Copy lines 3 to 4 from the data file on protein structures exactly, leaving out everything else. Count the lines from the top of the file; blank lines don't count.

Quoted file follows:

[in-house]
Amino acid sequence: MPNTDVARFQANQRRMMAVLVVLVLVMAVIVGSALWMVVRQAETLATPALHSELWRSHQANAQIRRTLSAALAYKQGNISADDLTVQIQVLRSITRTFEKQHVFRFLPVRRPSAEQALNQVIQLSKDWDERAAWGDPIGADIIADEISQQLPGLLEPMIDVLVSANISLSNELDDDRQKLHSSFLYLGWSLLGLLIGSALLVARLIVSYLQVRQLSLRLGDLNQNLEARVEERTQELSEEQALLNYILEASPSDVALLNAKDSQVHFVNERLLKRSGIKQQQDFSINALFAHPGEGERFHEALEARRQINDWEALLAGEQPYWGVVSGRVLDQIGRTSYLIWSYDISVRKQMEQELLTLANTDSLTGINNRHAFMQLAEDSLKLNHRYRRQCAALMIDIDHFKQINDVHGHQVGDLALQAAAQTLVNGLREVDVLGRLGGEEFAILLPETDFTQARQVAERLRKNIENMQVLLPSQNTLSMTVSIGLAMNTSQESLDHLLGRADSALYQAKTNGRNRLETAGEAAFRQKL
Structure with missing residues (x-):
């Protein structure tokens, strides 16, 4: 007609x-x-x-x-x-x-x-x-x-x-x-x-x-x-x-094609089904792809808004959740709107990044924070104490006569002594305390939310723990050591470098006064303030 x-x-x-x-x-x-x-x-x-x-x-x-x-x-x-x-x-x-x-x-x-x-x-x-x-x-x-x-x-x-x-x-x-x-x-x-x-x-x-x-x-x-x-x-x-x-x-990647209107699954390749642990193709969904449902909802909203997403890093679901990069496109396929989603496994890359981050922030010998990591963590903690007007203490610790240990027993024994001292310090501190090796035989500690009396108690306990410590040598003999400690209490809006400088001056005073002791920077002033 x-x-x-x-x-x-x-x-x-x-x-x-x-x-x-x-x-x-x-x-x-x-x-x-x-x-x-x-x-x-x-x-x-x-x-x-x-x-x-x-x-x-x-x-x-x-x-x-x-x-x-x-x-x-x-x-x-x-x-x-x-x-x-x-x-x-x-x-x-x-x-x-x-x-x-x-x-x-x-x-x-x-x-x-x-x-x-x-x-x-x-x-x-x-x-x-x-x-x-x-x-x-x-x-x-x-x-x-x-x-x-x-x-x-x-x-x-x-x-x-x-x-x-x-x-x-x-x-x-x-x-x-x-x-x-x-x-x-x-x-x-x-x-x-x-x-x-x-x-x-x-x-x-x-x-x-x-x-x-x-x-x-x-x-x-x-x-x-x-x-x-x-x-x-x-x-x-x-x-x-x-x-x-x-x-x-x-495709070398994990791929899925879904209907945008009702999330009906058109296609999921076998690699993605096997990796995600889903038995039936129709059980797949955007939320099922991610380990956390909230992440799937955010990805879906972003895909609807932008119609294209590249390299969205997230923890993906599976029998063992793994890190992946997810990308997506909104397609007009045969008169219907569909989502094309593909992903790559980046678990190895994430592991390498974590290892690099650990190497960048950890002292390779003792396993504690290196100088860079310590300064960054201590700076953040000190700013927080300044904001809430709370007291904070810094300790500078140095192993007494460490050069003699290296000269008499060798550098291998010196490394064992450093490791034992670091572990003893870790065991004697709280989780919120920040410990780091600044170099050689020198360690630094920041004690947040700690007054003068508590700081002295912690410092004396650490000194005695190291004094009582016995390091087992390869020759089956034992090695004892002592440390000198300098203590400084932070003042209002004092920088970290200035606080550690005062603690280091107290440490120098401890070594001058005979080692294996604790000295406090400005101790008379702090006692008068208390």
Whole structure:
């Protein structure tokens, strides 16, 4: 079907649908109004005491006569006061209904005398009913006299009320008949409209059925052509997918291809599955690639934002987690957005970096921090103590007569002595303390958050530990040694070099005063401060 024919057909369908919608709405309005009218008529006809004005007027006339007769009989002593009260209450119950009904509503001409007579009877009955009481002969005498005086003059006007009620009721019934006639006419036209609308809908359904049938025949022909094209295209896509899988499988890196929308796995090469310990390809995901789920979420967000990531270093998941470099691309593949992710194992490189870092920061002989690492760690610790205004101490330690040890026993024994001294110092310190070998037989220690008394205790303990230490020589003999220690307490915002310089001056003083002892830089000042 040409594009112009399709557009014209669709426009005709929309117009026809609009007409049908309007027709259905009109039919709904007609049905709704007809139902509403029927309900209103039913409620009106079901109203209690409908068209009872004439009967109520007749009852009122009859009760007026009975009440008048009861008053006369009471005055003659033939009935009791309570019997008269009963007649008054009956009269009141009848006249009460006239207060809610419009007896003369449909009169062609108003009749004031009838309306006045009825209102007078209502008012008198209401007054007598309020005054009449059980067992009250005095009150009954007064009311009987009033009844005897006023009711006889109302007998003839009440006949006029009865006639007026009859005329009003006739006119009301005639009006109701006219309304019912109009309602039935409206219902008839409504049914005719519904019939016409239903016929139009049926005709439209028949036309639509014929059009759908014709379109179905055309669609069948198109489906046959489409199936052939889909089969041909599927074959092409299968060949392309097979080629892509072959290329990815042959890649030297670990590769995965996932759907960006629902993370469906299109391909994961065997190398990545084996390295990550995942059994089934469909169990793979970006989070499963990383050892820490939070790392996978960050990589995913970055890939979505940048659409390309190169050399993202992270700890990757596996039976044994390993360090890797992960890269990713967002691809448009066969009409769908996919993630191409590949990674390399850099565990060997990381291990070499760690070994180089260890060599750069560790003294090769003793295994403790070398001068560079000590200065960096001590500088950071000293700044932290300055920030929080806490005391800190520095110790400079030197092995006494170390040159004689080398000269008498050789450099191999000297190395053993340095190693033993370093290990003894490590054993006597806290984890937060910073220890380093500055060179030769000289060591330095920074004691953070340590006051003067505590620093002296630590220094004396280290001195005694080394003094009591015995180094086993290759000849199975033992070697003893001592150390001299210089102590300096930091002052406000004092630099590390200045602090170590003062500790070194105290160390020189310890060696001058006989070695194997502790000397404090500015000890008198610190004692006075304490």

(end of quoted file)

Structure with missing residues (x-):
């Protein structure tokens, strides 16, 4: 007609x-x-x-x-x-x-x-x-x-x-x-x-x-x-x-094609089904792809808004959740709107990044924070104490006569002594305390939310723990050591470098006064303030 x-x-x-x-x-x-x-x-x-x-x-x-x-x-x-x-x-x-x-x-x-x-x-x-x-x-x-x-x-x-x-x-x-x-x-x-x-x-x-x-x-x-x-x-x-x-x-990647209107699954390749642990193709969904449902909802909203997403890093679901990069496109396929989603496994890359981050922030010998990591963590903690007007203490610790240990027993024994001292310090501190090796035989500690009396108690306990410590040598003999400690209490809006400088001056005073002791920077002033 x-x-x-x-x-x-x-x-x-x-x-x-x-x-x-x-x-x-x-x-x-x-x-x-x-x-x-x-x-x-x-x-x-x-x-x-x-x-x-x-x-x-x-x-x-x-x-x-x-x-x-x-x-x-x-x-x-x-x-x-x-x-x-x-x-x-x-x-x-x-x-x-x-x-x-x-x-x-x-x-x-x-x-x-x-x-x-x-x-x-x-x-x-x-x-x-x-x-x-x-x-x-x-x-x-x-x-x-x-x-x-x-x-x-x-x-x-x-x-x-x-x-x-x-x-x-x-x-x-x-x-x-x-x-x-x-x-x-x-x-x-x-x-x-x-x-x-x-x-x-x-x-x-x-x-x-x-x-x-x-x-x-x-x-x-x-x-x-x-x-x-x-x-x-x-x-x-x-x-x-x-x-x-x-x-x-x-495709070398994990791929899925879904209907945008009702999330009906058109296609999921076998690699993605096997990796995600889903038995039936129709059980797949955007939320099922991610380990956390909230992440799937955010990805879906972003895909609807932008119609294209590249390299969205997230923890993906599976029998063992793994890190992946997810990308997506909104397609007009045969008169219907569909989502094309593909992903790559980046678990190895994430592991390498974590290892690099650990190497960048950890002292390779003792396993504690290196100088860079310590300064960054201590700076953040000190700013927080300044904001809430709370007291904070810094300790500078140095192993007494460490050069003699290296000269008499060798550098291998010196490394064992450093490791034992670091572990003893870790065991004697709280989780919120920040410990780091600044170099050689020198360690630094920041004690947040700690007054003068508590700081002295912690410092004396650490000194005695190291004094009582016995390091087992390869020759089956034992090695004892002592440390000198300098203590400084932070003042209002004092920088970290200035606080550690005062603690280091107290440490120098401890070594001058005979080692294996604790000295406090400005101790008379702090006692008068208390």